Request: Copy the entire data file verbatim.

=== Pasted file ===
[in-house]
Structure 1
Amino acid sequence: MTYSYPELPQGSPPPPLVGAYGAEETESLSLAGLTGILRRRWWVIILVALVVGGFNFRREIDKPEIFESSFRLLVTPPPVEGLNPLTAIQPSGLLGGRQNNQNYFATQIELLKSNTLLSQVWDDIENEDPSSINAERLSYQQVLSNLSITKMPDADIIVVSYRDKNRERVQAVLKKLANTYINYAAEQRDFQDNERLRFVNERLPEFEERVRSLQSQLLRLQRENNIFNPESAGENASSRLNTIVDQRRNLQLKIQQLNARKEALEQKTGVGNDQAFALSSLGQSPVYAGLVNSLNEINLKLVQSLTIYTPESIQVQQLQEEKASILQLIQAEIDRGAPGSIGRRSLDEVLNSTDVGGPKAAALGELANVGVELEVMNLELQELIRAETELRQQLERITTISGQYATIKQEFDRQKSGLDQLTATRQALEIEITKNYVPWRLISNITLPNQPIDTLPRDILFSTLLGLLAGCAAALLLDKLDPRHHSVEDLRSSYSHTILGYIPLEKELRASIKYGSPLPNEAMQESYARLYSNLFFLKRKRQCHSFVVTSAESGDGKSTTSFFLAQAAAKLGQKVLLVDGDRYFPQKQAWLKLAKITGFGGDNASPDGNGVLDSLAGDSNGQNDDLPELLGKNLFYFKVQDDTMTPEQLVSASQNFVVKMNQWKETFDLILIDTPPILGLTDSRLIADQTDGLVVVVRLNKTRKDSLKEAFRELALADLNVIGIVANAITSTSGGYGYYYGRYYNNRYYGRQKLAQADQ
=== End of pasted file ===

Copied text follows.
[in-house]
Structure 1
Amino acid sequence: MTYSYPELPQGSPPPPLVGAYGAEETESLSLAGLTGILRRRWWVIILVALVVGGFNFRREIDKPEIFESSFRLLVTPPPVEGLNPLTAIQPSGLLGGRQNNQNYFATQIELLKSNTLLSQVWDDIENEDPSSINAERLSYQQVLSNLSITKMPDADIIVVSYRDKNRERVQAVLKKLANTYINYAAEQRDFQDNERLRFVNERLPEFEERVRSLQSQLLRLQRENNIFNPESAGENASSRLNTIVDQRRNLQLKIQQLNARKEALEQKTGVGNDQAFALSSLGQSPVYAGLVNSLNEINLKLVQSLTIYTPESIQVQQLQEEKASILQLIQAEIDRGAPGSIGRRSLDEVLNSTDVGGPKAAALGELANVGVELEVMNLELQELIRAETELRQQLERITTISGQYATIKQEFDRQKSGLDQLTATRQALEIEITKNYVPWRLISNITLPNQPIDTLPRDILFSTLLGLLAGCAAALLLDKLDPRHHSVEDLRSSYSHTILGYIPLEKELRASIKYGSPLPNEAMQESYARLYSNLFFLKRKRQCHSFVVTSAESGDGKSTTSFFLAQAAAKLGQKVLLVDGDRYFPQKQAWLKLAKITGFGGDNASPDGNGVLDSLAGDSNGQNDDLPELLGKNLFYFKVQDDTMTPEQLVSASQNFVVKMNQWKETFDLILIDTPPILGLTDSRLIADQTDGLVVVVRLNKTRKDSLKEAFRELALADLNVIGIVANAITSTSGGYGYYYGRYYNNRYYGRQKLAQADQ